If I'm driving on a crowded freeway, the lane markers exist to allow me to drive with some order, but they don't prevent me from changing lanes, driving faster or slower, passing others, or exiting when I reach my destination. The markers simply allow many people to travel at high speeds without killing themselves.
For a dancer, few other tools will pay as well as learning to count the music ALOUD when you are practicing. Again, for some people, during the INITIAL STAGES of learning to count and dance, they may look stiff as they have to divert some brainpower to the counting, and the dance can suffer. However, counting is an INVESTMENT, and looking a little stiffer is a temporary situation that goes away with experience, while the counting continues as a tool to make you a stronger dancer in less time.
Your daily commute is the perfect time to practice counting out loud. Play your favorite tunes and learn to count them during your drive time, or exercising or while cooking.. Salsa, hip-hop, R&B, rock & roll, tango, samba, waltz; it's all good for learning to count. Just do it off the dance floor too!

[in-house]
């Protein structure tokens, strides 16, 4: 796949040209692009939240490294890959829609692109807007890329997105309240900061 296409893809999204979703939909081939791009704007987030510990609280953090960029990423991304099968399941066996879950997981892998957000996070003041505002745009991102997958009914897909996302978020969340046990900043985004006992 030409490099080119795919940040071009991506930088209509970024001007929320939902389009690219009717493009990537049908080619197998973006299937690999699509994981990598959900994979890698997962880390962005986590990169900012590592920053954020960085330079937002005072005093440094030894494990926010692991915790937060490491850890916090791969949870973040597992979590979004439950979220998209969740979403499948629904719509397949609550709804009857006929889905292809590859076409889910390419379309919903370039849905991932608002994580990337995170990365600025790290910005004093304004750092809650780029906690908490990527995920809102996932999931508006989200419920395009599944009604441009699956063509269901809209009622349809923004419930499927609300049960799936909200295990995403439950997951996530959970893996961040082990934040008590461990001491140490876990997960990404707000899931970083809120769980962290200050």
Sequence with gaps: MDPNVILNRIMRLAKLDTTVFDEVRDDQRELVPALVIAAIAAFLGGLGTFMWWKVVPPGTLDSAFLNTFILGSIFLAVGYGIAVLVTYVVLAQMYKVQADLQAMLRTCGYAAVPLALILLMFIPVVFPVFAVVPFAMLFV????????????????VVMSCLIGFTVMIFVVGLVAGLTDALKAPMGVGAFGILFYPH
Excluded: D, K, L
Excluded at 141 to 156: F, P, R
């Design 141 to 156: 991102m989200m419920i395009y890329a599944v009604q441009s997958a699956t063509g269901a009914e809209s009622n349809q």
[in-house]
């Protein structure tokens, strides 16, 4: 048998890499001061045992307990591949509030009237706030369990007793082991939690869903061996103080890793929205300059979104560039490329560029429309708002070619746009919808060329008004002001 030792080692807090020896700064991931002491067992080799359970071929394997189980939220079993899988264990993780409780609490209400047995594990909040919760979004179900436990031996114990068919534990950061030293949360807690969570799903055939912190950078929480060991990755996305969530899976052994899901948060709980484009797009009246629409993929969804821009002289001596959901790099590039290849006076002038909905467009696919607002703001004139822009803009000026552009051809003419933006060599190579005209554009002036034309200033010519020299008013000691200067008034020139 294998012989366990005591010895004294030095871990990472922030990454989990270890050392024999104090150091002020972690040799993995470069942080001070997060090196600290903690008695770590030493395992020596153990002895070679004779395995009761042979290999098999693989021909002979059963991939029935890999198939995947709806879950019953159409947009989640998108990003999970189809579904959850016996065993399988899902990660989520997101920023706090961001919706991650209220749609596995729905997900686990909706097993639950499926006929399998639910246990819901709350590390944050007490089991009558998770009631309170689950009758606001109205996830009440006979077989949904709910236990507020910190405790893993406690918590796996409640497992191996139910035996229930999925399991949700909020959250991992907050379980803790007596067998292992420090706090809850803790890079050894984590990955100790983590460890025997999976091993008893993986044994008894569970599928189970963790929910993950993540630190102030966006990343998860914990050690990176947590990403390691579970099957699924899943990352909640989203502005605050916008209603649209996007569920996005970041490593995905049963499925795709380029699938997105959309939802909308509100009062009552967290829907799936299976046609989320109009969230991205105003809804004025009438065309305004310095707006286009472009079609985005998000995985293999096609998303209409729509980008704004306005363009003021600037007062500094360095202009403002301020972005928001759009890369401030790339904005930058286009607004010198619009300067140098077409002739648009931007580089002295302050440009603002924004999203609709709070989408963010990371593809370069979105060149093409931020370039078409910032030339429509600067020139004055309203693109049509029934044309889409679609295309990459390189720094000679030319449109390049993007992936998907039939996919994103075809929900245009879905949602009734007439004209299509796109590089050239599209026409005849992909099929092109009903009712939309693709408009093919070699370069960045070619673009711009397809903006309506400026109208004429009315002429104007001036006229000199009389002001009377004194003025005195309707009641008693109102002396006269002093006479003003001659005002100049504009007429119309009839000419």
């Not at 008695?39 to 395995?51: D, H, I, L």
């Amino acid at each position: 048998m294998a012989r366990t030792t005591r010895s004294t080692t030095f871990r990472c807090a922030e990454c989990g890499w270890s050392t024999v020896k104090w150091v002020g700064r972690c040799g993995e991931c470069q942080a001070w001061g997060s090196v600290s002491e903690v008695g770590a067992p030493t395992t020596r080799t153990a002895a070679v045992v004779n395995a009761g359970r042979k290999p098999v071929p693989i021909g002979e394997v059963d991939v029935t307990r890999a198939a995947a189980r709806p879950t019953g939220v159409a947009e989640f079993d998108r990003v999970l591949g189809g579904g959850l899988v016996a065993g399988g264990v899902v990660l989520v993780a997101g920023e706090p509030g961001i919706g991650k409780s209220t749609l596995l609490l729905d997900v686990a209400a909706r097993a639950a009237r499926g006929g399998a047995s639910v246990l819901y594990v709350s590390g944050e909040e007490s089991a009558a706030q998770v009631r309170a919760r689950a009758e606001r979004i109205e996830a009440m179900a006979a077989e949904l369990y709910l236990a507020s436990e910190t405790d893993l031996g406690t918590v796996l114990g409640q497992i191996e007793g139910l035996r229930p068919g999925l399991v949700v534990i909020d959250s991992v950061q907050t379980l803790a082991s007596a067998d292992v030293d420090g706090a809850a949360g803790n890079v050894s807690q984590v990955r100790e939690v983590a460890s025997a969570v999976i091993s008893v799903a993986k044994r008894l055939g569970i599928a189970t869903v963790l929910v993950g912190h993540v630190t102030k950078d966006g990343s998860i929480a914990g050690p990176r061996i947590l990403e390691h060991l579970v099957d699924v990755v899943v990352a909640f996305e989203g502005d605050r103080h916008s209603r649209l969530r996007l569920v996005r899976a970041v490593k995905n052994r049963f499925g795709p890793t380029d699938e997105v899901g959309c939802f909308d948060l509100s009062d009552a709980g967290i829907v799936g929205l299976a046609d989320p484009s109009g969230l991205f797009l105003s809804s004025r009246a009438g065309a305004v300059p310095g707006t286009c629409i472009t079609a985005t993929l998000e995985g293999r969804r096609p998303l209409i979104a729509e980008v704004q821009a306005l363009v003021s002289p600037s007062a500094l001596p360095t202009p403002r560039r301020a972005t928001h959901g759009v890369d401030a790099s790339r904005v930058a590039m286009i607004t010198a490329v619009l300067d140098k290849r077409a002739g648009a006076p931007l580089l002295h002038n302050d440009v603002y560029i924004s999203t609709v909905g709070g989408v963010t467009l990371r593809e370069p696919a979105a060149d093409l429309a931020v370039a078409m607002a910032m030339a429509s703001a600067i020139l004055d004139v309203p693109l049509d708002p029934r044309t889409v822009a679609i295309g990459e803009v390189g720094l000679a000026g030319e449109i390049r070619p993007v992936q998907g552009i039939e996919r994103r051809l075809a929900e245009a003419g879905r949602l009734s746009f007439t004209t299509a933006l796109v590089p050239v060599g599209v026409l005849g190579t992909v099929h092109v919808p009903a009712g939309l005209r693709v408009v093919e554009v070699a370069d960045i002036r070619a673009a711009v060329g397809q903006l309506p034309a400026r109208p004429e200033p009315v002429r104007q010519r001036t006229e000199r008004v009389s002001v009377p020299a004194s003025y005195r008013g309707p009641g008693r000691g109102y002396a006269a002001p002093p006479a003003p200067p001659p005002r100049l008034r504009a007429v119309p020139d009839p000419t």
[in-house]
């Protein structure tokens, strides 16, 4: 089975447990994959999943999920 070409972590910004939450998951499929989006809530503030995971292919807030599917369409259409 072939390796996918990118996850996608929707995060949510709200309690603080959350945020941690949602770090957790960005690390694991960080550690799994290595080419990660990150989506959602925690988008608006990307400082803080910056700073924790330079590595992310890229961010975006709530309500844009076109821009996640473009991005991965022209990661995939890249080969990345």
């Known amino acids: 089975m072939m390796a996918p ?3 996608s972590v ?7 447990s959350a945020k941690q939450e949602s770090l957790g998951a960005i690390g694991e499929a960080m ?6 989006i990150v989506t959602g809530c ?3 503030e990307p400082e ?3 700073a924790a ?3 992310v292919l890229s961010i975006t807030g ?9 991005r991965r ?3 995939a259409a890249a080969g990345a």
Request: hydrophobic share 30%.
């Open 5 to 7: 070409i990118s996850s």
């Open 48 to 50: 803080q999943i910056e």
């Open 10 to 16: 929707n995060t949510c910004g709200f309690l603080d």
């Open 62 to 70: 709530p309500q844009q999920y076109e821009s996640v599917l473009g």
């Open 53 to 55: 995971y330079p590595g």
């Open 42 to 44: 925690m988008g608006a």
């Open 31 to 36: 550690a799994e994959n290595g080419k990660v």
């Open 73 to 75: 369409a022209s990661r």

Of course, don't count with a partner unless you are in a practice session or class, or you two have agreed you are working on something in public. If you count in public with a non practice partner, I'll make fun of you if I see you. I'll pretend we don't know each other. DON'T DO THAT!
Dancers who know the time and count as well as musicians tend to be the stronger dancers on the scene IF they combine this knowledge with other practice and exposure to great dancing. When dancers discuss "feel", one of the big components to feel is how your movement relates to the count/timing of the music. You are free to dance before, right-on or after the count, and great dances know where the count is, but dance around it depending on the feel they want. (Musicians do this too.)
Counting is a learning accelerator over time, and it pays you back the more you do it. Great dancers even understand how their feel relates to the time (same with musicians).
Don't quit counting just because it doesn't work for you in the first X weeks or months. It continues to pay back over time. Again, if you've never done it, it may make you worse short-term, but longer term it's a winning tool for those who want musicality excellence.
Inside the ring or out, ain't nothing wrong with going down. It's staying down that's wrong.RELATED LINKS:
YouTube "Music For Dancers" video series: "Part 4: Why Should I Count"
Complete Series: www.YouTube.com/Music4Dancers